Read Part One of this article to find out why Anthony-James Green doesn't think you should take the SAT just to see how well (or poorly) you perform.
4. Colleges don’t use SAT and ACT scores to let you in. They use them to reject you.
SAT and ACT scores aren’t a “qualifier.” They’re an “eliminator.” In other words, colleges don’t look at your test scores alongside the rest of your application and use these scores to evaluate your overall qualities as a person. They look at your scores before they look at the rest of your application as a time-saving mechanism. If you have strong scores (and grades), admissions officers will review the rest of your application and find out more about you (your extracurricular activities, essays, recommendations, etc.). If they’re not good enough, they’ll toss your application in the trash without taking a second look. Getting a 2400 won’t get you into Harvard. All that score promises is that they’ll definitely read your application. But getting a 1300 will almost definitely guarantee that you’ll get rejected from Harvard.
You can read more about this whole process in my new book, Why You Get Rejected. For now, just know this: the number of times you take your tests doesn’t matter nearly as much as the overall grades you get. If your scores aren’t high enough, you won’t get in. Period. Focus on getting the scores you need first. Worry about little details like the number of times you take your test later.
So you have your 1800 on your diagnostic tests. It’s time to take the real thing. What should you do?
5. Always register for at least two tests, and don’t worry if you need to take three.
I always have my students register for at least two exams. If they get the scores they’re looking for on the first try, awesome. They cancel their second and they’re done. But if they’re sick, or tired, or stressed, or they just don’t do as well as they’d hoped, they can go in, take the test a second time, and improve their scores. On the SAT in particular, super scoring alone often makes this very worth it (you’ll randomly get fluctuations in your scores for all three sections, and these usually benefit your sum total).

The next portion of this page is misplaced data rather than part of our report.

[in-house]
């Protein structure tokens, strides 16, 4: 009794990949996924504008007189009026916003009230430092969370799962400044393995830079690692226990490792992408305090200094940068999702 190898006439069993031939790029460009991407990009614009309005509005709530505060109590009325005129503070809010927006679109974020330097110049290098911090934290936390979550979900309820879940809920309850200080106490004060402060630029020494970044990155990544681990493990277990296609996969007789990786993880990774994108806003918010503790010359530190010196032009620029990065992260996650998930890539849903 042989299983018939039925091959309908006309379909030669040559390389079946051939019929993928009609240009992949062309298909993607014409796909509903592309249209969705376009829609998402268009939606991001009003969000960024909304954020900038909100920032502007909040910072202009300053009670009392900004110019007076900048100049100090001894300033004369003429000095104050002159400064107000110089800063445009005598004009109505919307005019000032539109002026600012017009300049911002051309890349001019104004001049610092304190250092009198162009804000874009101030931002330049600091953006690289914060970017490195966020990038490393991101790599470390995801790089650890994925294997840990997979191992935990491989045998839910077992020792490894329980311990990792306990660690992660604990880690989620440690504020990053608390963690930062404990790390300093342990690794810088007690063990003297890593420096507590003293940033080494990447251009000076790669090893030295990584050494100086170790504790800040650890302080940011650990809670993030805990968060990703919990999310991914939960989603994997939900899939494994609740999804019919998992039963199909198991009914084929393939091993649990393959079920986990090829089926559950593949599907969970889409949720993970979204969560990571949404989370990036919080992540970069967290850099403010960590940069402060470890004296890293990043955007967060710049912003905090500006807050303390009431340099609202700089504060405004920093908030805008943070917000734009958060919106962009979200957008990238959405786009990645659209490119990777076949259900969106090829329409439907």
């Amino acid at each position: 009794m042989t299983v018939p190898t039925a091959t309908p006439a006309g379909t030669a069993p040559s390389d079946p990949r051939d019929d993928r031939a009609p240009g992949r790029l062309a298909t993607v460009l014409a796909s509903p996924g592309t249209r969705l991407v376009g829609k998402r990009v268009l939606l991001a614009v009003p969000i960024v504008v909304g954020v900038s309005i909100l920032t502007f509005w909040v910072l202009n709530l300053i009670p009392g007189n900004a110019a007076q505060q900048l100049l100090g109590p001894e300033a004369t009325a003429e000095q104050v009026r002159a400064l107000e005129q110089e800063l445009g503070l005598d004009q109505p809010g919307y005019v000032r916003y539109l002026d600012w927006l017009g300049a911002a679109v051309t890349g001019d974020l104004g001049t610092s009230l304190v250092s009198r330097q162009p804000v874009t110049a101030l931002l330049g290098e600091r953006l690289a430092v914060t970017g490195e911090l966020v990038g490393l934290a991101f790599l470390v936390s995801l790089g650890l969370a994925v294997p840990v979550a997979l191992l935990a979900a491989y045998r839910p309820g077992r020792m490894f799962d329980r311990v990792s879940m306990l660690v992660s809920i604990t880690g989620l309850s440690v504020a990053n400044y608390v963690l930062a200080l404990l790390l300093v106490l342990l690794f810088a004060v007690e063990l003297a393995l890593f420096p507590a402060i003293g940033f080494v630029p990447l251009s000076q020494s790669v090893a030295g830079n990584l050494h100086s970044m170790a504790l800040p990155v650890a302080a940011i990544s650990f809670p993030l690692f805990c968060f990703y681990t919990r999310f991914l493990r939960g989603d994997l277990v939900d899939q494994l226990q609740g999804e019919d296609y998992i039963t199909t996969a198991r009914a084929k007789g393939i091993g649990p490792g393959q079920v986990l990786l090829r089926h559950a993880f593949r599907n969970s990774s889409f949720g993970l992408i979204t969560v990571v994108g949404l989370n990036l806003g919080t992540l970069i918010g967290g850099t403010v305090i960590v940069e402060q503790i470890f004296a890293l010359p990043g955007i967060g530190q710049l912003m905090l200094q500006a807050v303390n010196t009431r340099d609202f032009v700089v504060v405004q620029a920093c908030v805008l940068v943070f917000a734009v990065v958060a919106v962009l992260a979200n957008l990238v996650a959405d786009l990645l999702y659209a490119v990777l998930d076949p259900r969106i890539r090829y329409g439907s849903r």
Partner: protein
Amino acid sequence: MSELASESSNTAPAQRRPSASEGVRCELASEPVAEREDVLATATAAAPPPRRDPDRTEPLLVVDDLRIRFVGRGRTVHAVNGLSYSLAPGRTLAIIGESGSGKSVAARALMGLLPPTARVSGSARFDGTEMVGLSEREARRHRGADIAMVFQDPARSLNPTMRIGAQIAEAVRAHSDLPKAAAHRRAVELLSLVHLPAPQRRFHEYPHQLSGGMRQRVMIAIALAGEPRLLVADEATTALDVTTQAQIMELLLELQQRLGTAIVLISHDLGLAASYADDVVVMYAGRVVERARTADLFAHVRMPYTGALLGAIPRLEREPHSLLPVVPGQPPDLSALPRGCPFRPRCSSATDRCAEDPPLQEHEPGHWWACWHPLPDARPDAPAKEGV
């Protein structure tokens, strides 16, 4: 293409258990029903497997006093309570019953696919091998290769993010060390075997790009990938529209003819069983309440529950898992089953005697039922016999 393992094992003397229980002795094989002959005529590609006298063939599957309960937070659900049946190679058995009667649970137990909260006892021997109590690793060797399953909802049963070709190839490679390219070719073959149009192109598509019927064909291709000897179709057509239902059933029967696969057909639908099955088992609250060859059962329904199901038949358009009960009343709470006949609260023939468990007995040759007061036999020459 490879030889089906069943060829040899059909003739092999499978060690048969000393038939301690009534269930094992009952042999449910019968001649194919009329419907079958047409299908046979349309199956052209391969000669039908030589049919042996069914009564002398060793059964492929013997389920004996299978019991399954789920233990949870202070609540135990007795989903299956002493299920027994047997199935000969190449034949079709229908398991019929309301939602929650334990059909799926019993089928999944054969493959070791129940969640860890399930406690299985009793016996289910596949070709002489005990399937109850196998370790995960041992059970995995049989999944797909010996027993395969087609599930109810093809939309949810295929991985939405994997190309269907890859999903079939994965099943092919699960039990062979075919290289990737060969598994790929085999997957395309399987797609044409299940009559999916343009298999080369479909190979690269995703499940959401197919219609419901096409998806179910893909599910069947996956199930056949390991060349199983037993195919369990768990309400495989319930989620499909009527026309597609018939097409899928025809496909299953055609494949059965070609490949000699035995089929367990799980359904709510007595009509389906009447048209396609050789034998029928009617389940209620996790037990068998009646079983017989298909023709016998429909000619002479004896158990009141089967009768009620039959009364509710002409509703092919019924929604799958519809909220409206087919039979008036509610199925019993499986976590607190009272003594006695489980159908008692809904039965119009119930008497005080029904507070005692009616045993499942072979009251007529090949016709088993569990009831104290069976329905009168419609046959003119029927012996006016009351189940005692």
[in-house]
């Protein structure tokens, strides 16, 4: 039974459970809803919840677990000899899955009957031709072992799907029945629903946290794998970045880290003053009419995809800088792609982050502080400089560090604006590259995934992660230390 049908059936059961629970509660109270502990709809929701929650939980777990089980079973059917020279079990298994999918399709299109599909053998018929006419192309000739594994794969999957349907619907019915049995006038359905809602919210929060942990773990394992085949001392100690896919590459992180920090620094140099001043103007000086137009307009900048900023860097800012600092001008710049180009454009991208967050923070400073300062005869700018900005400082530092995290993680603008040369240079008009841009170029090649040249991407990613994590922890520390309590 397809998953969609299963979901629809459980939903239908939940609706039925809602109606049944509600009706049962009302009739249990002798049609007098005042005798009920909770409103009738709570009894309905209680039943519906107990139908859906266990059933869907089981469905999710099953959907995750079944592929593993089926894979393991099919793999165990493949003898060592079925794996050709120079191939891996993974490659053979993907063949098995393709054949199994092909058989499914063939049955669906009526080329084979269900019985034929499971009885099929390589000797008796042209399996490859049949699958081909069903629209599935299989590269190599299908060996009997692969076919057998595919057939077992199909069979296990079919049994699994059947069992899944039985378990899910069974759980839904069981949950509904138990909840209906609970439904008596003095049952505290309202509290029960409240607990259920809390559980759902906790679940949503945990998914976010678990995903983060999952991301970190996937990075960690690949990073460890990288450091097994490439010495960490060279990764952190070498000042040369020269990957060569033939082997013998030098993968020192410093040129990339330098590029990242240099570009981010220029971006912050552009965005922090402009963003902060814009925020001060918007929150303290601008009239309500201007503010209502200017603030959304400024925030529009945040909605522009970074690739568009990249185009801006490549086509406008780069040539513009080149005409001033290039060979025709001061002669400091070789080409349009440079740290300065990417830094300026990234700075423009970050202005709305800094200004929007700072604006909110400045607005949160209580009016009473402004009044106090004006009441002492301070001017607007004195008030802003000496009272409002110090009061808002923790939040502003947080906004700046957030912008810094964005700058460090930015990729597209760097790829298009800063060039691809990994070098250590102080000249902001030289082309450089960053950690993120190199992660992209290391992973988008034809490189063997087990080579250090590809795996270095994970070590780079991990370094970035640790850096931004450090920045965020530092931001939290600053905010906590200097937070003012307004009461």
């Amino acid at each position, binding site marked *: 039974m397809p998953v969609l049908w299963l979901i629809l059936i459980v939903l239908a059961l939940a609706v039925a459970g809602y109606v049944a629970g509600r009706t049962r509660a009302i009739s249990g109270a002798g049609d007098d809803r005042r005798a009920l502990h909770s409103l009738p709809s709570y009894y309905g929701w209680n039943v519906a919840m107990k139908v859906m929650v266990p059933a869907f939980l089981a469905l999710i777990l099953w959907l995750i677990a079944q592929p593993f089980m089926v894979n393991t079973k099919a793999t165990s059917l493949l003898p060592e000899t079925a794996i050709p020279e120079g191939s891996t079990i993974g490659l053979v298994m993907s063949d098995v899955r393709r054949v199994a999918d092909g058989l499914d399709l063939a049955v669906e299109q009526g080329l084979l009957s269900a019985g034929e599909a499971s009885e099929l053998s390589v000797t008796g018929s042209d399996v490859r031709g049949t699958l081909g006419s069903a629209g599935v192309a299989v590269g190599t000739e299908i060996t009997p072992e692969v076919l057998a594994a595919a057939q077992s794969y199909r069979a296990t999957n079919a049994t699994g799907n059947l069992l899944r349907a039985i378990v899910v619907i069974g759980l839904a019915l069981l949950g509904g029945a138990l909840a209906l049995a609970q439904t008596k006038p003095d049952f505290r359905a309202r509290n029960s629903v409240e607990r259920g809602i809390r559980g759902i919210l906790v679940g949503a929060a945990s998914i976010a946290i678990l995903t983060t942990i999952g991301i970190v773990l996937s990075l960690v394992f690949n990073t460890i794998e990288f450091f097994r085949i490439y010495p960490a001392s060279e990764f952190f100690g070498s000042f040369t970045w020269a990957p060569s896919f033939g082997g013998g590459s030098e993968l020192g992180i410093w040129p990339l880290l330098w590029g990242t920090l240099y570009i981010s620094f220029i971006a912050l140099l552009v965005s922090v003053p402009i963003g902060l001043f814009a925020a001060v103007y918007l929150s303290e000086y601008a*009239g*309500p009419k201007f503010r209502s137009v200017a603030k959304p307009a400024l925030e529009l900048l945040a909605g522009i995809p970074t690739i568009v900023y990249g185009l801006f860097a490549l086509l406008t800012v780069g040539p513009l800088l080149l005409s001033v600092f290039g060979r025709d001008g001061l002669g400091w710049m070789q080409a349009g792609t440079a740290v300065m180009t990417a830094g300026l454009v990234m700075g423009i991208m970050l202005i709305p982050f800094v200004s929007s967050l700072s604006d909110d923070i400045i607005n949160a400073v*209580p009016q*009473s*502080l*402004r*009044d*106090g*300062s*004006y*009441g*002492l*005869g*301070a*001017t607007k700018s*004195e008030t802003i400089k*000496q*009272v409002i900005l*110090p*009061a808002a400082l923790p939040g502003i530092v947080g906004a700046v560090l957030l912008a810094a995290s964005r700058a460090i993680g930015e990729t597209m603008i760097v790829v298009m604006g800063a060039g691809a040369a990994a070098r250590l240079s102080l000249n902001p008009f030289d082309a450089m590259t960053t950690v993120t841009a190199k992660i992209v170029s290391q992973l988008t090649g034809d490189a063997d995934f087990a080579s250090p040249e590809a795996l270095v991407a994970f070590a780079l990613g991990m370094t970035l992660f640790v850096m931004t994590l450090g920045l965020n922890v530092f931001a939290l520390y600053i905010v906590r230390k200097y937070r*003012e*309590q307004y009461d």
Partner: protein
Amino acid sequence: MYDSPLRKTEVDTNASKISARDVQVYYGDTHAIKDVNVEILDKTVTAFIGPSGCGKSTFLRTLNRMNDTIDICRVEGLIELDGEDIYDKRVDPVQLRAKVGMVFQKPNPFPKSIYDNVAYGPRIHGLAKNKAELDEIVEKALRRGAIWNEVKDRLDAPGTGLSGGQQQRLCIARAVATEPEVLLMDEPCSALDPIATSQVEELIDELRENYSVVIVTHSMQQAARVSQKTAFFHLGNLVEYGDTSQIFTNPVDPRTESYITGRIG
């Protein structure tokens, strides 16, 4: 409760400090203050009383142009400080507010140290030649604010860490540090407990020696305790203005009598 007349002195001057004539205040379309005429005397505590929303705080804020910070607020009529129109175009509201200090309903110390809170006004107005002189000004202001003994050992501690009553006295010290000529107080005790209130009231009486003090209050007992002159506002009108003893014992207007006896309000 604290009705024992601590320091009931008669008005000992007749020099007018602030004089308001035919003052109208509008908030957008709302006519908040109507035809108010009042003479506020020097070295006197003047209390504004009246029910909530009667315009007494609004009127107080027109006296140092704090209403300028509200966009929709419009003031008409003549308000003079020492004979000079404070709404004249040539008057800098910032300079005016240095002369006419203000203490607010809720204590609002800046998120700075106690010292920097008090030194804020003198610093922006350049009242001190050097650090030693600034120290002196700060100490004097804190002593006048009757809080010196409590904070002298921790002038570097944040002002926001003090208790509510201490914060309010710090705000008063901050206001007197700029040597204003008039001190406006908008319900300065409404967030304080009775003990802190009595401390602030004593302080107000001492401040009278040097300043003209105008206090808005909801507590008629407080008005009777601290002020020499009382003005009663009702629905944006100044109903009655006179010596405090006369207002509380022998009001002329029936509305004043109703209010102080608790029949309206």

In rare cases, my students need to take three tests. So what? It’s fine. Scores first, considerations about how many times you took the test later.
Here’s an analogy: taking the test a few too many times is like dating someone with an incredible body, but who you know spends a bit too much time in the gym. Maybe it’s a bit weird that they go to the gym three times a day … but still, that body …
If you need to take the SAT three times to get the scores you need, do it. Maybe it’s a bit weird that you took it three times … but still, those scores …
- Figure out what scores you need.
- Use practice tests, rather than real tests, to figure out where you stand.
- Prep until you hit your target.
- Don’t take the real thing until you’re scoring in the range of your target.
- Then, take it as many times as you need to in order to hit your target.
If you follow this process, you’ll never need to take these tests more than three times (usually just once, and often just twice, but three in your worst case scenario). By testing on your own, you won’t be randomly racking up official tests for no reason, and by hitting your goals before you test, you’ll be ensuring that you hit the mark.
If you’ve already taken the SAT seven times, and your scores aren’t high enough, prep more and take it again. You’ve already taken it a lot; at this point, you might as well just get the scores you need!
Don’t forget to check Test Prep Authority, for more free guides and advice on the SAT / ACT.